Ironically, I thought 2019 was a hard year. I remember sitting up late on Christmas Eve, holding my daughter’s hair back as she threw up again and again. We had pulled into town that very day to celebrate Christmas with my family, and now, we might make the entire family sick. I spent that night on my mom’s couch so I could be close to my oldest and take care of her throughout the night. As I lay awake on Christmas Eve, I thought back over the events of the past year. It had been a hard one. It had been heavy. I had been hurt. I had hurt others. There were relationships that had been strained. There were some that broke. And I could not fix them. As I lay there, thinking about all of this with a heavy heart, I glanced at my phone. It said 12:00 am. Christmas. It had come. In spite of sickness. In spite of hurt. In spite of broken relationships. It had come. I felt a sense of sadness that this was how it had come. I would have liked things to be better before we celebrated His coming- I wanted things to be perfect. I wanted us all to be healthy. I wanted to not have the ache of regret weighing on my heart. I wanted there to not be anyone missing from this gathering, and from my life. I didn’t feel ready for Christmas. And as I grieved in my heart, one word came to mind. Emmanuel. God with us. He was here. In this moment. He came. Not in spite of sickness. Not in spite of sin. Not in spite of hurt. Not in spite of brokenness. But because of it.
Jesus came to light up this world because it is dark. He came with healing because our bodies break. He came because we’ve been hurt and hurt others. He came precisely because we are not ready for Him, and cannot be. Emmanuel.
And then, 2020 happened. I can’t think of a year in my lifetime where the desperate need for “God with us” is so evident. This year has felt like one long battle. It has felt dark. It has felt oppressive. It has felt like we are fighting something so much bigger than us. It has at times felt hopeless. Emmanuel. God is with us. The people who walked in darkness have seen a great light; those who dwelt in a land of deep darkness, on them the light has shone.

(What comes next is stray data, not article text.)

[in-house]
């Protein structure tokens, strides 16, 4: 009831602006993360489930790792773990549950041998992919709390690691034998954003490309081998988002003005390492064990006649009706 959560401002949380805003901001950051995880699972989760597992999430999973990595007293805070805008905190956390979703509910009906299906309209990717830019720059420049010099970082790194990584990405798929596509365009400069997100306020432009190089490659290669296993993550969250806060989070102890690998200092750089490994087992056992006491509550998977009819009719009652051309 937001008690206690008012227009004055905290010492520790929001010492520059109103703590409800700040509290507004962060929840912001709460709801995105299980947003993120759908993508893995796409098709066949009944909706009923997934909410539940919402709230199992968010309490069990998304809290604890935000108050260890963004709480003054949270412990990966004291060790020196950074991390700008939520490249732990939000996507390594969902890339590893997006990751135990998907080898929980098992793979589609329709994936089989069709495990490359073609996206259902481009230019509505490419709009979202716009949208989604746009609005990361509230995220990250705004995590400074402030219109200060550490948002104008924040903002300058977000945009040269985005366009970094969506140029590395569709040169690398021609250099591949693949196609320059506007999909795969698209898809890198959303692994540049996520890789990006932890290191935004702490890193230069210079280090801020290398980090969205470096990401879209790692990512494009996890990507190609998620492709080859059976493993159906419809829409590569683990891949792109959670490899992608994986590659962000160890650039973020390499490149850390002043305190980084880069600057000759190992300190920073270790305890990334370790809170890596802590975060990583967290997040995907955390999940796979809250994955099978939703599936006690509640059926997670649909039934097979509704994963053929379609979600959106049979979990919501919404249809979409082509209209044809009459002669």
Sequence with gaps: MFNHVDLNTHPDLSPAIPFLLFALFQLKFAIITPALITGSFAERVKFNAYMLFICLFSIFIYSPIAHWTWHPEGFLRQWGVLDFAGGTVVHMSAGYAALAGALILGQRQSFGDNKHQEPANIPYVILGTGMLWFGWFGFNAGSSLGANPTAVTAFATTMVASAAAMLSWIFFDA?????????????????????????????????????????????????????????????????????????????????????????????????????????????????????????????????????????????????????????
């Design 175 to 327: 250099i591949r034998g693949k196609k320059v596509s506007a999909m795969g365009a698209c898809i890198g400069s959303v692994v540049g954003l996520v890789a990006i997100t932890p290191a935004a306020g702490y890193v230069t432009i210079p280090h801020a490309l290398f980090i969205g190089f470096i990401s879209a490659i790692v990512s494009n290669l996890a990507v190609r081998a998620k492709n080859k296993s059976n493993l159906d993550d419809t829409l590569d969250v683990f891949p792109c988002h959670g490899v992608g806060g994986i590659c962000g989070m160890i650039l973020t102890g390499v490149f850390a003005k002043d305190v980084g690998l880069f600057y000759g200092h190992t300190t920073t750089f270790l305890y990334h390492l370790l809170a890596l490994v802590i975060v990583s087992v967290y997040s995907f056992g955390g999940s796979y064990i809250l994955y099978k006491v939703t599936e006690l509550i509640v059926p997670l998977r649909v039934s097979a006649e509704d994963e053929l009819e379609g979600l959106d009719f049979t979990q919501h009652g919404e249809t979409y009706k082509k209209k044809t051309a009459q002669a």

We have wrestled with fear. Fear not, for I am with you, be not afraid, for I am your God. Emmanuel. We have wrestled with division. For Christ Himself has brought peace to us. He united Jews and Gentiles into one people when in His own body on the cross, He broke down the wall of hostility that separated us. Emmanuel. We have wrestled with feeling abandoned. I will never leave you nor forsake you. Emmanuel. We have wrestled with feeling unloved. You are precious to me, you are honored, and I love you. Emmanuel. We have wrestled to discern what is true. I am the way, the truth and the life. Emmanuel. We have wrestled with hopelessness. We have this as a sure and steadfast anchor of the soul, a hope that enters into the inner place behind the curtain where Jesus has gone as a forerunner on our behalf. Emmanuel.
And once again, as Christmas approaches, I don’t feel ready. But you know what? The world was not ready for the first Christmas either, because how can you be ready to receive God? How can creation be ready to receive its creator? How can sinners be ready to receive their Savior? All we had to offer Him was a giant, cavernous need. Maybe our need was our readiness. Maybe it still is. Maybe all we have to offer Him is the fact that we cannot live without Him. That we are desperate for His presence. Because into that darkness, into that gaping void, that desperation, God still speaks one word. Again. Emmanuel. I.AM.HERE.
*If you want to know why He came, click here: The Gospel
Thank you for sharing this post. While the details may be different, so many of us can relate to the overall sense of loss, of failures, of disappointments and wonder how we could have gone so wrong. Yet you deftly remind us that that is precisely WHY God came into our lives directly, to right the wrongs that we had brought on ourselves. You probably thought on that Christmas Day 2019, so happy to see 2020 just around the bend. How ironic! Grace!